Kakuzi has declined to address the unsettled land claims. It cannot be gainsaid that the cause of human rights violations experienced by communities living in and around the company is the unresolved land claims.  And as if in complete mockery of a community that Kakuzi pushed to the rocky hills known as Milimani, the company now plans to re-resurvey the Ithanga-Kakuzi hills to complete its past donation of that land. The Milimani area was condemned by a Ministry of Lands and Resettlement Taskforce Report of 29th June 2004 on the Status of Kakuzi Squatters as being un-arable, harsh, hilly, rocky and of low agricultural potential and hence difficult for settlement operations. It is on these very hills that Kakuzi now wants the government to complete the settlement for the Milimani community.

We call the state and non-state actors below whose laxity over time has entrenched the culture of impunity in Kakuzi and other corporate entities in Kenya.

Our relentless demands and actions moving forward:

  1. WE CALL UPON the Murang’a County Assembly to ensure that Kakuzi land leases are not renewed until all claims on historical land injustices are resolved.
  2. WE DEMAND THAT the UK market sustains the current boycott of Kakuzi produce until all pending claims are addressed. We will further initiate an engagement with other Kakuzi markets to boycott any produce coming from Kakuzi until there is a demonstrable change in attitude and behaviour on the part of Kakuzi.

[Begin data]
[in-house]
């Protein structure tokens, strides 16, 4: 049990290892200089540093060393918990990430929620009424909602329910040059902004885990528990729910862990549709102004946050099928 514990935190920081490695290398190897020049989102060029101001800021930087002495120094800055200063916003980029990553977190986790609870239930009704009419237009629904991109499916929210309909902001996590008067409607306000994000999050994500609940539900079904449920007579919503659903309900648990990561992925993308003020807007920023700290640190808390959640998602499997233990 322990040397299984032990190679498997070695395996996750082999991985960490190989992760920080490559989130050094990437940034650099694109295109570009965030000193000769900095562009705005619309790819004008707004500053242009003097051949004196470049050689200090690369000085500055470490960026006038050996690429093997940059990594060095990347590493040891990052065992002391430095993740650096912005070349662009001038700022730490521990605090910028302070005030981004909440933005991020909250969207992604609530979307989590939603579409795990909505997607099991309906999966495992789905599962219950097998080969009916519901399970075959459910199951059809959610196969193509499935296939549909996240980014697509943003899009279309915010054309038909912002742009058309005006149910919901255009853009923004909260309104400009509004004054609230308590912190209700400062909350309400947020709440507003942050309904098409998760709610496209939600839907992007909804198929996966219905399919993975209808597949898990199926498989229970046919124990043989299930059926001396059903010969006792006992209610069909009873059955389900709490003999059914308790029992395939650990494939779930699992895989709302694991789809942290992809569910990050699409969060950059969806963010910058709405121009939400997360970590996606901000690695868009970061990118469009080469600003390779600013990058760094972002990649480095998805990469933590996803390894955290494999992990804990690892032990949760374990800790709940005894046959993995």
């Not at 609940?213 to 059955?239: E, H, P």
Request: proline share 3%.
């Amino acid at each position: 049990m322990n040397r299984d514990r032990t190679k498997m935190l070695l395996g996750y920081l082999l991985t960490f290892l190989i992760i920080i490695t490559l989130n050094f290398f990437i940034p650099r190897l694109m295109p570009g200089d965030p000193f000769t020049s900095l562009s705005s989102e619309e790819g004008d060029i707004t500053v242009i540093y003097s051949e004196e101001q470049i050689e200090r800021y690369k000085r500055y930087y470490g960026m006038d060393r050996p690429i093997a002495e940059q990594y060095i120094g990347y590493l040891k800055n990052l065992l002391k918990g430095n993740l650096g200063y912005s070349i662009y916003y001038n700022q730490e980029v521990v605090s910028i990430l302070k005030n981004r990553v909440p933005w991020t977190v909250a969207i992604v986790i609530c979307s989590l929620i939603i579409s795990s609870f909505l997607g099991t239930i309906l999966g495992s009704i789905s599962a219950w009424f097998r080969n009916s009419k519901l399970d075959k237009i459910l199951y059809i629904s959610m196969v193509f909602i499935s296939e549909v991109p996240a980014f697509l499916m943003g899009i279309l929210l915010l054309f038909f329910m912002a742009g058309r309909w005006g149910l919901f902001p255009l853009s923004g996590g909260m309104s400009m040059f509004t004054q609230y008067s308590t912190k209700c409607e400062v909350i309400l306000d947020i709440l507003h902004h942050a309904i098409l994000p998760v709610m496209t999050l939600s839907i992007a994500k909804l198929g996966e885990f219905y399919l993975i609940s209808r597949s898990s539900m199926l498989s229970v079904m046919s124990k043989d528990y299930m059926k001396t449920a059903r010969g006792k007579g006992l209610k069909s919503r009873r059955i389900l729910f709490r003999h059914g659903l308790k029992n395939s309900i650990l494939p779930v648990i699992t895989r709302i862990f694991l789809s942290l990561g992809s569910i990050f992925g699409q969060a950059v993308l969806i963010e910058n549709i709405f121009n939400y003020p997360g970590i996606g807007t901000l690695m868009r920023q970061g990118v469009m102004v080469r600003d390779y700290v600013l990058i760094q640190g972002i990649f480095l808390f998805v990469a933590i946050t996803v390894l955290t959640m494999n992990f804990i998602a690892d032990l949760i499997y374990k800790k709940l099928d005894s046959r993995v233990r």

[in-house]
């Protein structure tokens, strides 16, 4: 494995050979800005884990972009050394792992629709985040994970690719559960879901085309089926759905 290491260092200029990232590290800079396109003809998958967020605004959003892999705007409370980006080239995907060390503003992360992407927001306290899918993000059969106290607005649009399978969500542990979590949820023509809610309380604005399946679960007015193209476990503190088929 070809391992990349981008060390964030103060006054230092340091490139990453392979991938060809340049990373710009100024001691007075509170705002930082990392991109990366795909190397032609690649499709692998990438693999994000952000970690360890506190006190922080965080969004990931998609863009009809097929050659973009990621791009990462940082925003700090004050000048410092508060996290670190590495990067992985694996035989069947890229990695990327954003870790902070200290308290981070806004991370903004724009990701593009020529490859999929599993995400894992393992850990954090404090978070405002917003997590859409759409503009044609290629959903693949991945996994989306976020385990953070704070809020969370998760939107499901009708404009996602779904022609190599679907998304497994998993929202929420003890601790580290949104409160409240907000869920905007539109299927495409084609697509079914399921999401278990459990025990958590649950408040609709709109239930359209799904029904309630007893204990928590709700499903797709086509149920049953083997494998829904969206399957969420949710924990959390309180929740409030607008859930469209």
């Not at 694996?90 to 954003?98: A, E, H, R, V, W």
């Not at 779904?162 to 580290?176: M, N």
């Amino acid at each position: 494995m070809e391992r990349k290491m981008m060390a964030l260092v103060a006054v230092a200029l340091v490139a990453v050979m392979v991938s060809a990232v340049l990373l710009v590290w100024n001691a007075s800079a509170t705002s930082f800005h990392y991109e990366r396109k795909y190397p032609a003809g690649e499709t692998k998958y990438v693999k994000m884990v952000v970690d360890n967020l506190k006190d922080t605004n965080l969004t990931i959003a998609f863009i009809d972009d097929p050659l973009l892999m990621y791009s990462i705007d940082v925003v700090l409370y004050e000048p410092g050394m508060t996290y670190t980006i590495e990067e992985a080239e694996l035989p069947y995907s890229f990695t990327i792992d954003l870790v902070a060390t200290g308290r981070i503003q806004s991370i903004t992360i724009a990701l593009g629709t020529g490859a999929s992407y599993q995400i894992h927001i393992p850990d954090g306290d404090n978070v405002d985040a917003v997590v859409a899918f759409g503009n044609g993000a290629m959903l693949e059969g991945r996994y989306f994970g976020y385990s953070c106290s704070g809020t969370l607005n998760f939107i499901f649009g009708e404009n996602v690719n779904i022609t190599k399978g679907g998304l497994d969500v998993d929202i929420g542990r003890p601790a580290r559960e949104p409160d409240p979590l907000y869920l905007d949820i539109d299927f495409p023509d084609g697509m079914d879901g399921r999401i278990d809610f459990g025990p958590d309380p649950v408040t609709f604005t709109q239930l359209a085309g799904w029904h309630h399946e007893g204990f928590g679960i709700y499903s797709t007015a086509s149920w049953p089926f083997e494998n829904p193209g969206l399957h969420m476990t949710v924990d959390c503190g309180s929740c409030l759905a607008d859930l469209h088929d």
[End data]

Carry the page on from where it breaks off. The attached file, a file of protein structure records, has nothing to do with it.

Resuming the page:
3. WE SHALL ENGAGE the national Parliament and the Senate for investigation of all pending claims and institution of appropriate accountability measures against Kakuzi.
  4. WE DEMAND THAT the National Land Commission implements its decision of February 2019 directing the surrender by Kakuzi of ALL public utilities on their land including schools, markets, police stations, hospitals, public roads of access, wayleaves and easements to national and county government as appropriate.
  5. WE SHALL continuously monitor the behaviour of Kakuzi to ensure non-repetition of violations, non-discrimination of workers and communities especially those that have been involved in calling out the company.
  6. WE CALL UPON the certification bodies that work around Kakuzi to be more vigilant and inclusive in assessing the company’s compliance with the set standards


Signed by:

The Kenya Human Rights Commission

Ndula Resource Centre

14th February 2021.